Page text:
David Sparks Debuts 'Workflow Video Field Guide' for iOS Automation

Workflow Video Field GuideDavid Sparks, the newly indie author and co-host of Mac Power Users has announced his latest endeavor: Workflow Video Field Guide, available now for US$9.99. This is a one hour (well bookmarked) tour of Workflow, the $6.99 universal app that lets you build workflows and automate some iOS tasks.

What's been the best about it so far is that like all MacSparky Field Guides, David makes the subject very approachable. He also has a knack for some fun examples that help inspire your own workflows. He uses some fun example images for the photo workflows, and demonstrates some really useful functionality such as sending screenshots to another device via AirDrop, building a basic math workflow (like a tip calculator), and even a basic script that alerts you if your battery is low and automatically dims your brightness.

In one example workflow, he shared a particular image (in this case a receipt) to Dropbox, and casually mentioned saving the image to a particular Dropbox folder, which is the folder that Hazel watches for receipts, so the image snapped on his phone then gets categorized and filed with a minimum of both muss and fuss.

Watching an hour long video is a commitment but you don't have to do it all at once. It is fully chaptered so you don't have to sit through the whole thing and try to remember the beginning. You can pause and work along, or even take inspiration from the example and build your own fleet of mini-apps to shave a few steps off of some of your processes.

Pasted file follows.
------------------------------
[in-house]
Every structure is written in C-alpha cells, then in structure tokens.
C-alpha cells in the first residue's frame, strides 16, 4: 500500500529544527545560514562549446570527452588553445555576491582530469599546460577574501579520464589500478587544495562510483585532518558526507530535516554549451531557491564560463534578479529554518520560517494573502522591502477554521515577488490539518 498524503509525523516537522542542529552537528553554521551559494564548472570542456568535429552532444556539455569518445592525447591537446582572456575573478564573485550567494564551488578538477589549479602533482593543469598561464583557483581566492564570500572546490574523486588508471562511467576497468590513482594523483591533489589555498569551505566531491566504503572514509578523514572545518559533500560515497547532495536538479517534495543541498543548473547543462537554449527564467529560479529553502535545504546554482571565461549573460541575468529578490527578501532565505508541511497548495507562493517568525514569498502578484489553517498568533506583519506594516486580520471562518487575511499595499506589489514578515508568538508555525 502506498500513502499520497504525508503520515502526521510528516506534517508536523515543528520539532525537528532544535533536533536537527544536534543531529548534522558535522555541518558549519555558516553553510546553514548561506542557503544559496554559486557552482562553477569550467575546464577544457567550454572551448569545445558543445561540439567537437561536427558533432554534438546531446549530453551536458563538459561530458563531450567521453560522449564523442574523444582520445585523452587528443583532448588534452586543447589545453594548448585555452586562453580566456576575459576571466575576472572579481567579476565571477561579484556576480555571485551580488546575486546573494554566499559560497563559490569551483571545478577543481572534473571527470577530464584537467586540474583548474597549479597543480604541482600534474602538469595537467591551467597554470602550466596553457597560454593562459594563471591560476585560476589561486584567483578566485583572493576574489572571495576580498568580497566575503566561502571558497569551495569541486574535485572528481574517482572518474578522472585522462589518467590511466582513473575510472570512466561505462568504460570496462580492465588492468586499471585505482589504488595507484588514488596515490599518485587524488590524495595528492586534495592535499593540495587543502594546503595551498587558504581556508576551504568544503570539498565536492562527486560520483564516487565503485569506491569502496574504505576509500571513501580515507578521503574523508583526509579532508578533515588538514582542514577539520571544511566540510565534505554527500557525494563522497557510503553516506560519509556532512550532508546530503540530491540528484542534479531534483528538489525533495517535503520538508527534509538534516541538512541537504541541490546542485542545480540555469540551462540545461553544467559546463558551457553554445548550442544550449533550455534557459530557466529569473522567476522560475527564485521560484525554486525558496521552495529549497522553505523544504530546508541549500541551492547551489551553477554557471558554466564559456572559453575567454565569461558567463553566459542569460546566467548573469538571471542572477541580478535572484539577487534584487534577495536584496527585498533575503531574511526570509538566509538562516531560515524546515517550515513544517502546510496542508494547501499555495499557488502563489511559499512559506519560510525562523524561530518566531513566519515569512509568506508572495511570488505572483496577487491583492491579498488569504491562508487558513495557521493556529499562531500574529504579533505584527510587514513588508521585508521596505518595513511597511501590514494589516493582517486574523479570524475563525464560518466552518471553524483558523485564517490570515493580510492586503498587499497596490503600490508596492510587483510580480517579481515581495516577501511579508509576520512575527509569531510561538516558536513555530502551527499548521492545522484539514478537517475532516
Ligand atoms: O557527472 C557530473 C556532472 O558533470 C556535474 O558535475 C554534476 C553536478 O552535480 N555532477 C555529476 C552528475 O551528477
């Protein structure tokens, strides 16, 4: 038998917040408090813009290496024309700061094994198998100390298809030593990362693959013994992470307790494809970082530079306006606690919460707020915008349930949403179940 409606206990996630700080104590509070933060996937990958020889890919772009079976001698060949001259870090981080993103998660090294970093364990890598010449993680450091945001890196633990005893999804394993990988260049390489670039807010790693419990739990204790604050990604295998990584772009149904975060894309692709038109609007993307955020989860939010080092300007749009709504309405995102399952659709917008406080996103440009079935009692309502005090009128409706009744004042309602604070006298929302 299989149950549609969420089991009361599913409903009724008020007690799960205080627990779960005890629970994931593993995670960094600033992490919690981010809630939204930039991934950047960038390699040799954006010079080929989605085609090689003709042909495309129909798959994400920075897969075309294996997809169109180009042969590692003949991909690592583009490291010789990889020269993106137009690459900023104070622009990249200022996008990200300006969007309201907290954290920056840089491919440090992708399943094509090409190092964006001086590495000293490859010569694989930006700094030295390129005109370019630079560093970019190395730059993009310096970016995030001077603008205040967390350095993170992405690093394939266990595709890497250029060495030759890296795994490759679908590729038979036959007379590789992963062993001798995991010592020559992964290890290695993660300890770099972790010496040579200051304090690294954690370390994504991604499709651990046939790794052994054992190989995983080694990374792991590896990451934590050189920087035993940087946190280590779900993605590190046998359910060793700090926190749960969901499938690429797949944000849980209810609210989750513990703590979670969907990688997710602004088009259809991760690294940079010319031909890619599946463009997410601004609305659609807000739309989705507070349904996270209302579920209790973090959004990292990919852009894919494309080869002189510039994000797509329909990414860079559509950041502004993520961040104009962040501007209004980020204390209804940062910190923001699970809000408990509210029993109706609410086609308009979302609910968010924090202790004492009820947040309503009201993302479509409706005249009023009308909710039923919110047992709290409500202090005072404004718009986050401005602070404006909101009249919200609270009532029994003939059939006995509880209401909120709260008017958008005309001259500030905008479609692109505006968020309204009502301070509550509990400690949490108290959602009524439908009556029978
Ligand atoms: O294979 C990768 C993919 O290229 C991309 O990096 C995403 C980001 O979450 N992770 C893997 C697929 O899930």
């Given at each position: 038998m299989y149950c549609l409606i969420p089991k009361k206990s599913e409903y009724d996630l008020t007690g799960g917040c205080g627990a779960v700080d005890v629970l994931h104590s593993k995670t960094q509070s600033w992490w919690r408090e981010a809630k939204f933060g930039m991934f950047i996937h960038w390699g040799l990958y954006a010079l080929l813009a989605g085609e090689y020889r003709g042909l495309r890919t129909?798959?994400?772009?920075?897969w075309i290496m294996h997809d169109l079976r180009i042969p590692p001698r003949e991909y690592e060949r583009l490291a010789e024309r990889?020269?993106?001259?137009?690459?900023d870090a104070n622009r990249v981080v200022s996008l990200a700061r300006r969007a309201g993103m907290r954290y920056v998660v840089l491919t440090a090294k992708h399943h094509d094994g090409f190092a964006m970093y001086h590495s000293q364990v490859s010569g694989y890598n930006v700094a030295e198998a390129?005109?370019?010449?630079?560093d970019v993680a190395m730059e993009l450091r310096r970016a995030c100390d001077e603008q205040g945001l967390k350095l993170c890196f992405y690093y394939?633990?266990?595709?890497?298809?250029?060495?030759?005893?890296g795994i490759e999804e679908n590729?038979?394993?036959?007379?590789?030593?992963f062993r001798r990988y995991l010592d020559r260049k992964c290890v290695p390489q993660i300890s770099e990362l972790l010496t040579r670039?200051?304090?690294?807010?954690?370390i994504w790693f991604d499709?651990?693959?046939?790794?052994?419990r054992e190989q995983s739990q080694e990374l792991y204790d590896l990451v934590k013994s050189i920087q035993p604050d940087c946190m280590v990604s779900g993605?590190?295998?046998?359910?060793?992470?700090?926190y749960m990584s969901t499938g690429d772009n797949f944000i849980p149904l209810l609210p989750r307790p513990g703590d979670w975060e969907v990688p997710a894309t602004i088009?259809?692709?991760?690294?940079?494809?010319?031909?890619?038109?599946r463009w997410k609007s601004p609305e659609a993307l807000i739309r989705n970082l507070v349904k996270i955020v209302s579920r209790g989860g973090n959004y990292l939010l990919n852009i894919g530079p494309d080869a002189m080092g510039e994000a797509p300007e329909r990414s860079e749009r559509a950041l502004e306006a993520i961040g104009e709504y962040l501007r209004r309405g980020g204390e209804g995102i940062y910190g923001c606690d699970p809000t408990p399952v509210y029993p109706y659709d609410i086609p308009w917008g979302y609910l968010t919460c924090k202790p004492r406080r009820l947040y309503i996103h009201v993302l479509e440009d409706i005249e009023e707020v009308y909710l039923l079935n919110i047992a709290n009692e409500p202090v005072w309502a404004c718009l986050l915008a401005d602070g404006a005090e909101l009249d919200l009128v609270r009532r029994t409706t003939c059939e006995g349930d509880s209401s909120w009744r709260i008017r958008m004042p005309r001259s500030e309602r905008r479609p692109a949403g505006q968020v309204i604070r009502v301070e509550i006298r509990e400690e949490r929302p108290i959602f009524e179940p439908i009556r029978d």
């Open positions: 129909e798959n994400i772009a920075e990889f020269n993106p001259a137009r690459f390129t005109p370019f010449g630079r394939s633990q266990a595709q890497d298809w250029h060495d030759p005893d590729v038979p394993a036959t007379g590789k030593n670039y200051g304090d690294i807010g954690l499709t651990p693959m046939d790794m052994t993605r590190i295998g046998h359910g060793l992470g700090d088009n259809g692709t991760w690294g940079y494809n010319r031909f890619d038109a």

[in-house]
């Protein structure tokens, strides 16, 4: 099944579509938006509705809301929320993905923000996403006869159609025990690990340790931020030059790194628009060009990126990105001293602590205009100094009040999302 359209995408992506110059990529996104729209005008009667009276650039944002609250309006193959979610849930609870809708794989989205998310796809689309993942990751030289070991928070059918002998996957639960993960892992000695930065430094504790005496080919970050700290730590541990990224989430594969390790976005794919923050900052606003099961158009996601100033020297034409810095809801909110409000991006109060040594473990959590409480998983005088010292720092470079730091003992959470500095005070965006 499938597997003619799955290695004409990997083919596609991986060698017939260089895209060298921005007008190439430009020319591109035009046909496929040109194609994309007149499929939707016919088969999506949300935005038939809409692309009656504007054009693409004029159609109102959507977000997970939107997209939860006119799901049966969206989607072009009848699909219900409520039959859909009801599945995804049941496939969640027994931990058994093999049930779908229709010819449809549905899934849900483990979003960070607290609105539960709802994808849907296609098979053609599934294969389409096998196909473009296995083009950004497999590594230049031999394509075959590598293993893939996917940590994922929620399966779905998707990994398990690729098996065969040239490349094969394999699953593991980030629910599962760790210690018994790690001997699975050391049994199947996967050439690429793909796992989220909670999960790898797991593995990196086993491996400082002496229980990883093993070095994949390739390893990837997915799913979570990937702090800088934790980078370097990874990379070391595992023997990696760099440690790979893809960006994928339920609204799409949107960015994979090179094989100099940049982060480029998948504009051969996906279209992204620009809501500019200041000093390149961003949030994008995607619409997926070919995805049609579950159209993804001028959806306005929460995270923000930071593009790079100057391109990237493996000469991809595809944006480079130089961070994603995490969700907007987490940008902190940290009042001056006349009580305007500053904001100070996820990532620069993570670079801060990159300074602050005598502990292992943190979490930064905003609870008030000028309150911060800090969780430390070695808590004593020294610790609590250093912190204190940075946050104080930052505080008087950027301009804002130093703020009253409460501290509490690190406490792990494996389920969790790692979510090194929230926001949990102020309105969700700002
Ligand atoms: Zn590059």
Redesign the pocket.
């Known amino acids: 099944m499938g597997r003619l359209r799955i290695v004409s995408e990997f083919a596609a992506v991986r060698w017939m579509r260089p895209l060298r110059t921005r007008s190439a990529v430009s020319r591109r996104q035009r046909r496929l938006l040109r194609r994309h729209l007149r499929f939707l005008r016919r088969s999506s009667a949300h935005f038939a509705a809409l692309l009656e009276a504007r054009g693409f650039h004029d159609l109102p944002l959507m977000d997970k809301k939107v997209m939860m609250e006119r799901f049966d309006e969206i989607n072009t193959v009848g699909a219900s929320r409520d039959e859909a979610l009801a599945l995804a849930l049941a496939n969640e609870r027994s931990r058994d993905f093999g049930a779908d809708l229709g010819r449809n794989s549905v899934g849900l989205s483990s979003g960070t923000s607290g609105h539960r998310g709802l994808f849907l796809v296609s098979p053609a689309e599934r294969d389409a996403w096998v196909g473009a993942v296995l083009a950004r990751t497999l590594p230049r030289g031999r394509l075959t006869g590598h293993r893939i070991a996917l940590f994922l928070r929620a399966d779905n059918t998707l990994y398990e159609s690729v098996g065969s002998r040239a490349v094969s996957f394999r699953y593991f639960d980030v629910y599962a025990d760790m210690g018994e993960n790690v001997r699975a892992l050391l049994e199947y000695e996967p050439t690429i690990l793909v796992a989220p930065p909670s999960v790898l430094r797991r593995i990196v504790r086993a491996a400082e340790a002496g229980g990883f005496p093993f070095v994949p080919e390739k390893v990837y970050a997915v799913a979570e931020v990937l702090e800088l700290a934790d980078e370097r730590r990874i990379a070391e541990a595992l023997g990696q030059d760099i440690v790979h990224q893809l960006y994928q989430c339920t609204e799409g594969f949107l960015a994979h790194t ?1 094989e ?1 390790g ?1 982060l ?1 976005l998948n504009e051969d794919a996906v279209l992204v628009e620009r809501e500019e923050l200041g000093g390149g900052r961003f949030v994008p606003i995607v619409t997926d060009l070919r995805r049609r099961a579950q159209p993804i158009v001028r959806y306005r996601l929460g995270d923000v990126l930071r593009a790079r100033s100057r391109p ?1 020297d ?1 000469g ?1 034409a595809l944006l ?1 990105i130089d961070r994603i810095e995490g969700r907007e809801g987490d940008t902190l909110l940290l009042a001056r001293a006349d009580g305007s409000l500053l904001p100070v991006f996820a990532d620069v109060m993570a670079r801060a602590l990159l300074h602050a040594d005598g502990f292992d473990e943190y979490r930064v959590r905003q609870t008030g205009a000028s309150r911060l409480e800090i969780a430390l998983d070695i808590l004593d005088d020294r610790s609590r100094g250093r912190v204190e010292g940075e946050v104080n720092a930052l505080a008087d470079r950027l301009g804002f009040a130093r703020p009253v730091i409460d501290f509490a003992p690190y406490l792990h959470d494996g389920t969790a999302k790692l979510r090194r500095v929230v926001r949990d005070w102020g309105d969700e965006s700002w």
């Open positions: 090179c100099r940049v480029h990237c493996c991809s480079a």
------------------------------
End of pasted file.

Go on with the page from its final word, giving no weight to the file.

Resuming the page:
Admittedly I have yet to reach the end of the video because the first couple of examples inspired me to build a couple of other workflows, and the mention of Hazel inspired me to build a couple more and then build Hazel rules, so I've been smoothing out some rough spots in my current routines.

Overall this is a great investment, like all MacSparky Field Guides (as if they are Pokemon, I have in fact caught them all). This one in particular is a wonderful introduction to a kind of intimidating looking app. Since Workflow can do so much for you, it's pretty wide open when you get started and it is sort of hard to figure out what you might use it for. David Sparks does a great job of showing on both iPhone and iPad screens the sorts of things you can do, and makes the whole thing far easier to get into.

As a note, if you have a particular Workflow you've built that's particularly clever, please share in the comments since I'm always looking for nifty new tricks to teach my iPhone.